“Artificial Intelligence: a Rupture Technology for Innovation” by James L.Crowley in the AI4EU Café

On Nov 13th, 2019 at 3 p.m. James L. Crowley (Univ. Grenoble-Alps and INRIA Grenoble Rhone-Alpes Research Center) will make his presentation titled “Artificial Intelligence: a Rupture Technology for Innovation”.

“The Turing test defines intelligence as human-level performance at interaction. After more than 50 years of research, Machine Learning has provided an enabling technology for constructing intelligent systems with abilities at or beyond human level for interaction with people, with systems, and with the world. This technology creates a fundamental rupture in the way we build systems, and in the kind of systems that can be built.


In this talk I will provide a review of recent progress in Machine Learning, and examine how these technologies change the kind of systems that we can build.  Starting with a summary of the multi-layer perceptron and back propagation, I will describe how massive computing power combined with planetary scale data and advances in optimization theory have created the rupture technology known as deep learning.  I will discuss common architectures and popular programming tools for building convolutional and recurrent neural networks, and review recent advances such as Generative Adversarial Networks and Deep Reinforcement Learning. I will examine how these technologies can be used to build realistic systems for vision, robotics, natural language understanding and conversation. I conclude with a discussion of open problems concerning explainable, verifiable, and trustworthy artificial systems. “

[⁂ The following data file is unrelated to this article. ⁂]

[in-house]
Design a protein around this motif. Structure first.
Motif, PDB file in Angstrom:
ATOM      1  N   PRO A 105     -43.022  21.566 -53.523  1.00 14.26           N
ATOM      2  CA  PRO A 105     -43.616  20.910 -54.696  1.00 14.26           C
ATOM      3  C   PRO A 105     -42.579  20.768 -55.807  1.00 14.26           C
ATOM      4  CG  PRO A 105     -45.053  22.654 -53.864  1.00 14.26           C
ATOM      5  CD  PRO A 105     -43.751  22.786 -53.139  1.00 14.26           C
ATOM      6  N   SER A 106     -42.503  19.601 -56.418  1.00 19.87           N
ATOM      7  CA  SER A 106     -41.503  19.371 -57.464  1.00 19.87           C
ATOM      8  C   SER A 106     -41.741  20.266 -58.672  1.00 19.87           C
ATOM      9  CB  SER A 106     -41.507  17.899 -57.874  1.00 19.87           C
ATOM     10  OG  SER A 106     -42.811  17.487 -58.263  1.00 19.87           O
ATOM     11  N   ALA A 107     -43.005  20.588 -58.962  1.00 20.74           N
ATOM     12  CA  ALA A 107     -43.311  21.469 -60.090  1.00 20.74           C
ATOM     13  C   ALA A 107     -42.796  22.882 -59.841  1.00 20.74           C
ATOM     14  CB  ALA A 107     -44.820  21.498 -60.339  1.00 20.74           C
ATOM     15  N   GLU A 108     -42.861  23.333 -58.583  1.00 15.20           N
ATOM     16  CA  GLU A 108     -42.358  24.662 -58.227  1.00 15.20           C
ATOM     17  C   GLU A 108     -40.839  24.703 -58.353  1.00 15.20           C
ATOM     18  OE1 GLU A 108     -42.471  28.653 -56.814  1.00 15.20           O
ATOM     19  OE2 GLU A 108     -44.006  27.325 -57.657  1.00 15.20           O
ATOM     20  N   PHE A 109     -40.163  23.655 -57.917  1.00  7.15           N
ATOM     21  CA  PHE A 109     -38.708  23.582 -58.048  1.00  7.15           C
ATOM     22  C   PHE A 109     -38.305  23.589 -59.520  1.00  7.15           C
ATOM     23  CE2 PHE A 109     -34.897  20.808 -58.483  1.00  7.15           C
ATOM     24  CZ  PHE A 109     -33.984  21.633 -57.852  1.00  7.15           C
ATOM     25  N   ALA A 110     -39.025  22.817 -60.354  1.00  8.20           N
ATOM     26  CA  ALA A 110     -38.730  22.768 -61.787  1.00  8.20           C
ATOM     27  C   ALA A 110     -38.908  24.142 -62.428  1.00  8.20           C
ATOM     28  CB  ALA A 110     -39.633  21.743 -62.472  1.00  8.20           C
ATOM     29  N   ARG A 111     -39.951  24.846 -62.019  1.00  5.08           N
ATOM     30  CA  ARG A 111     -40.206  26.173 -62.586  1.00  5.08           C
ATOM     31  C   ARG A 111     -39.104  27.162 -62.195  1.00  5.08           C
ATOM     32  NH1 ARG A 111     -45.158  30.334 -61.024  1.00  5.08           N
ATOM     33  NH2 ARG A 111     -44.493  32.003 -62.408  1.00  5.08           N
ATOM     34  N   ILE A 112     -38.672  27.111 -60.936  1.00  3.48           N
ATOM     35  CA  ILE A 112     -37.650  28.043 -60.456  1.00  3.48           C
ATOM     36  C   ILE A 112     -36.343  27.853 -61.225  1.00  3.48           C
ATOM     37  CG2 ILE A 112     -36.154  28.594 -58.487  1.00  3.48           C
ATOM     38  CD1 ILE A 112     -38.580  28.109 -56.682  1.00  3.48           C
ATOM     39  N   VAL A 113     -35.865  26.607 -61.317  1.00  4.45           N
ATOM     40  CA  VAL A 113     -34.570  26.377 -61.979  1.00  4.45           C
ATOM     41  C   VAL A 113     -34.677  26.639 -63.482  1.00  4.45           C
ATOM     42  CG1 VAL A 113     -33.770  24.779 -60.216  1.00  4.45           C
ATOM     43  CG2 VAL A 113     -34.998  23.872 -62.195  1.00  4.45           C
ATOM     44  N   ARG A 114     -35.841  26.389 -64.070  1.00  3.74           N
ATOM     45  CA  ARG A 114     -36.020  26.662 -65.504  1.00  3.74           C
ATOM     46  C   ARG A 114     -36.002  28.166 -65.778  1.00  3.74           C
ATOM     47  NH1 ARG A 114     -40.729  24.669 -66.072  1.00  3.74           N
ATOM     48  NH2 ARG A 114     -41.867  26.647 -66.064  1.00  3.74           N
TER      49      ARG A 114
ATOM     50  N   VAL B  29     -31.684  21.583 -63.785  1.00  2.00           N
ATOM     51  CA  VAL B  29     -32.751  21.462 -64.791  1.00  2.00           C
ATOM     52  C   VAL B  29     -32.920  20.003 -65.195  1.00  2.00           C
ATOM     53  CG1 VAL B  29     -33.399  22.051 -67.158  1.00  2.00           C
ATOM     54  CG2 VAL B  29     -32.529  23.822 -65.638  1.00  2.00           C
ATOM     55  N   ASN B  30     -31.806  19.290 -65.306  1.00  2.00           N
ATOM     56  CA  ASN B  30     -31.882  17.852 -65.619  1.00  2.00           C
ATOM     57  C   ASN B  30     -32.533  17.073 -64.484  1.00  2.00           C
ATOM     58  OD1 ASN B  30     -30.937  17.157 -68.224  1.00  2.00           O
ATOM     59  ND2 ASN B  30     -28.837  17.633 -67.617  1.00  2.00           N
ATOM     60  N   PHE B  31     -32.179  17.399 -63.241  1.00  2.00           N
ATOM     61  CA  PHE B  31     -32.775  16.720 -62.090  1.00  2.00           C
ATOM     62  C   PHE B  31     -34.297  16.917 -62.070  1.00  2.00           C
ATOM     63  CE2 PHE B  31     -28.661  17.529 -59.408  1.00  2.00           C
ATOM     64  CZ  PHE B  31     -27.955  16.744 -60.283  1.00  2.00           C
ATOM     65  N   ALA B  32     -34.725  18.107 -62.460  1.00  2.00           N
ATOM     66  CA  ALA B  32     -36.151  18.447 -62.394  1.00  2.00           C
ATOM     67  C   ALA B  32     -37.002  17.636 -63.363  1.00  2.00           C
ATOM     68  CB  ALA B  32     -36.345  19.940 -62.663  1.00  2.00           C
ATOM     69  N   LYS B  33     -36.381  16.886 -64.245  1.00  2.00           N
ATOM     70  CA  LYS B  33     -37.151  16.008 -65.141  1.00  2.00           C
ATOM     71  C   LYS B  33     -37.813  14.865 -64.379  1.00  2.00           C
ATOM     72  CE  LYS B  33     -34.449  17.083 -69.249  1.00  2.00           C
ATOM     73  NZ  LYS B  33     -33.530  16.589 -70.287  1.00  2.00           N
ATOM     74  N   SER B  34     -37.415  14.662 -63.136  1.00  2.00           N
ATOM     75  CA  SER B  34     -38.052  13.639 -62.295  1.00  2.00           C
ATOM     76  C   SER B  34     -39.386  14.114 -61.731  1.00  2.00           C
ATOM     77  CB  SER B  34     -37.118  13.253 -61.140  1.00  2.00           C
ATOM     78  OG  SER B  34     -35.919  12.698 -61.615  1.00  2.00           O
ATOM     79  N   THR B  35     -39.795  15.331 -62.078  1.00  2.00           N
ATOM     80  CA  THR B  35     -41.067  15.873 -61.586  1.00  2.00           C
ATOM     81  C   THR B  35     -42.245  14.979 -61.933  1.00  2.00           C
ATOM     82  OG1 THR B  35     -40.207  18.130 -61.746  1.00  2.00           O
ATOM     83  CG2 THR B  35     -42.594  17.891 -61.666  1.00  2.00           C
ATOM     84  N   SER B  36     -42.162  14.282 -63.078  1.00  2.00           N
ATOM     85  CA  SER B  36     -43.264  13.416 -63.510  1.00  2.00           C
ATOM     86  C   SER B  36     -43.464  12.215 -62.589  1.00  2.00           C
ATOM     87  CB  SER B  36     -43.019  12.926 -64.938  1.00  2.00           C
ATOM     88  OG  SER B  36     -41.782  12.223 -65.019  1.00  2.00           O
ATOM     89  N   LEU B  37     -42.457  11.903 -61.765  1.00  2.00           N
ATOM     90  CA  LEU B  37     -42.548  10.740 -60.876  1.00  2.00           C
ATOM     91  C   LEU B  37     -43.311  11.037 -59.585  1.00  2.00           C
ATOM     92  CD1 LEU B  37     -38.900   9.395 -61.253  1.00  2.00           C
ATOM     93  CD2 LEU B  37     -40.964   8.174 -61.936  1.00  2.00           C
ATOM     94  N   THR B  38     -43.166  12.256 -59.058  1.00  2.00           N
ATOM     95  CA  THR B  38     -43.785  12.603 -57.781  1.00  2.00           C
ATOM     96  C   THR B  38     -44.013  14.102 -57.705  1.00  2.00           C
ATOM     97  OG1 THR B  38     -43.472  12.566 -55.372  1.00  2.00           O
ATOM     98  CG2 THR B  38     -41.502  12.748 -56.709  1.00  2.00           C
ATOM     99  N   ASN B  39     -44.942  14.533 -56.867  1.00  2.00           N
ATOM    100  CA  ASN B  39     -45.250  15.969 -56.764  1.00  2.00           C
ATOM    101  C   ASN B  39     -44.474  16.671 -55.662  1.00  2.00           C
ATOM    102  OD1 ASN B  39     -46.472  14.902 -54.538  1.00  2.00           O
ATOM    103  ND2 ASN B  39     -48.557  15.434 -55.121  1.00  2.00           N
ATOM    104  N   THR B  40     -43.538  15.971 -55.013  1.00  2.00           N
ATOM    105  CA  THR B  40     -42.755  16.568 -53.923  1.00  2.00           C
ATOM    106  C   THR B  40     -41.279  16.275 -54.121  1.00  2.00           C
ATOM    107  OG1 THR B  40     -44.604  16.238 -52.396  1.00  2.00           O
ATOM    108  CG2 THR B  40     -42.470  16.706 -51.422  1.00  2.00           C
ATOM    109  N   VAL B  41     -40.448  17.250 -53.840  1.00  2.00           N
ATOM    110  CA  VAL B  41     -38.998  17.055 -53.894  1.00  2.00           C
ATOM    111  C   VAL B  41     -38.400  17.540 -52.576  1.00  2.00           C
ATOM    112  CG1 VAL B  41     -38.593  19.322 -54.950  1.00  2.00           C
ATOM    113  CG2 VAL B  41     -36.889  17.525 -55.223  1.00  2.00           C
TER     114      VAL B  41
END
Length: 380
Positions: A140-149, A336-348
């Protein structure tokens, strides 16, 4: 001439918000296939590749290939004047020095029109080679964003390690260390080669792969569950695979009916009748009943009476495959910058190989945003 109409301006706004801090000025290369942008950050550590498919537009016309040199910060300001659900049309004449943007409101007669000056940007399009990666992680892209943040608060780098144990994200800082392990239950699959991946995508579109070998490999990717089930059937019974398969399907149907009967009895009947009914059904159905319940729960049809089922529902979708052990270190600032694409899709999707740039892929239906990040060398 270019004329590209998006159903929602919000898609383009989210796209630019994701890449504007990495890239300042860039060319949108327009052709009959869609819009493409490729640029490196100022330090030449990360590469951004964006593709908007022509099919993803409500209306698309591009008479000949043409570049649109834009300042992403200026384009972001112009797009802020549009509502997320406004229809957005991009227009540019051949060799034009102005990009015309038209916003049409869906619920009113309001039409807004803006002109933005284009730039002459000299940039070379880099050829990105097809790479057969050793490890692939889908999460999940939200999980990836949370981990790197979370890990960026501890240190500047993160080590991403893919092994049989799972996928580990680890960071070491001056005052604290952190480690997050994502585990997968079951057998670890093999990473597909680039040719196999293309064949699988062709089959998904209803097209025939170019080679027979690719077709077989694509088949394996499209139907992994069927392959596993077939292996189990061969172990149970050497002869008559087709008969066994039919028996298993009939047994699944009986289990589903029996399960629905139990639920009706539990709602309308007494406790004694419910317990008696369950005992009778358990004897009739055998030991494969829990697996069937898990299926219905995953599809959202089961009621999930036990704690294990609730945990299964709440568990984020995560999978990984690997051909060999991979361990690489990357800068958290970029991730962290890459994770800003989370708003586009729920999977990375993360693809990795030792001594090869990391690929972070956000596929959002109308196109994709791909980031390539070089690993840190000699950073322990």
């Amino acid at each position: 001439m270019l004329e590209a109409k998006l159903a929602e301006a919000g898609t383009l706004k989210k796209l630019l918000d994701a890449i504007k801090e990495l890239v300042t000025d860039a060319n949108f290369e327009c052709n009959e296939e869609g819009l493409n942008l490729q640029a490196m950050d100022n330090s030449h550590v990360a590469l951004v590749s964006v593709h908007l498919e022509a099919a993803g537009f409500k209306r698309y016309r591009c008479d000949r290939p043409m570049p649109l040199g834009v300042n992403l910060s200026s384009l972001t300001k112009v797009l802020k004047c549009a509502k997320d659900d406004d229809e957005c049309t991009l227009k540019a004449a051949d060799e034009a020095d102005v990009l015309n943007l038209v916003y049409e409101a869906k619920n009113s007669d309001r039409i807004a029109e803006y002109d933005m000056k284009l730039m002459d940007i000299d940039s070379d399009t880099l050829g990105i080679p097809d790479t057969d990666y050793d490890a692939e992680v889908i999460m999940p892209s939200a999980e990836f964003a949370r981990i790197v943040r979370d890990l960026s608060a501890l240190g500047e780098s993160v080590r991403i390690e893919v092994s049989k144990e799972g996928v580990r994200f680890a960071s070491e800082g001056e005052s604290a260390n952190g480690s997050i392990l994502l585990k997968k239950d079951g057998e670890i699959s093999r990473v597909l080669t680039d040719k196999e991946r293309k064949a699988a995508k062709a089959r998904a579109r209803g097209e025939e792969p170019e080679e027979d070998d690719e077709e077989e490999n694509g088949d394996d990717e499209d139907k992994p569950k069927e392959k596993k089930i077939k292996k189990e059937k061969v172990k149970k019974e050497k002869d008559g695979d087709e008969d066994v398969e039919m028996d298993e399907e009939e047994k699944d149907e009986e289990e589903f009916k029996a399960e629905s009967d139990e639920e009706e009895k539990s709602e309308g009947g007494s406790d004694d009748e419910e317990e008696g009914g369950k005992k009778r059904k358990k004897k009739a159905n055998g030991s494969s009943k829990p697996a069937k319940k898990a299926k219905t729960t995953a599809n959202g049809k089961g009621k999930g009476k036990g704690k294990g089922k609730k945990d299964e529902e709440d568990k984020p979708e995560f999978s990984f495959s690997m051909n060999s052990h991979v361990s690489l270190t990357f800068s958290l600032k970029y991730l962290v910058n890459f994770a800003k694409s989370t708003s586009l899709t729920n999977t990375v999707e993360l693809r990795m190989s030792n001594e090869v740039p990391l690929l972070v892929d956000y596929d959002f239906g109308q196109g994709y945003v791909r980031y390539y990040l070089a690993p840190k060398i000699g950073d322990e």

This is the link for registration: https://attendee.gotowebinar.com/register/6538776261591328268


Vytvořil uživatel Keith Tayler dne St, 13/11/2019 - 18:22

The Turing test is an extremely easy test to pass and the fact that it has not been passed   shows how far we are from having systems that can interact at anything approaching a human level. 

Turing's paper Computing Machinery and Intelligence' was probably deliberately confused and humorous, but he did make some attempt to explore the problem of 'machine thinking'. In parts of his paper he wants to replace 'can the machine think' with 'it has passed the imitation game'. The notion that we can produce a machine in the conceivable future to 'understand' natural language is nonsense. The performance of machines will no doubt improve, but an operational test like Turing's, as he realised, does not mean the machine understands language, thinks, sees, knows, believes, etc..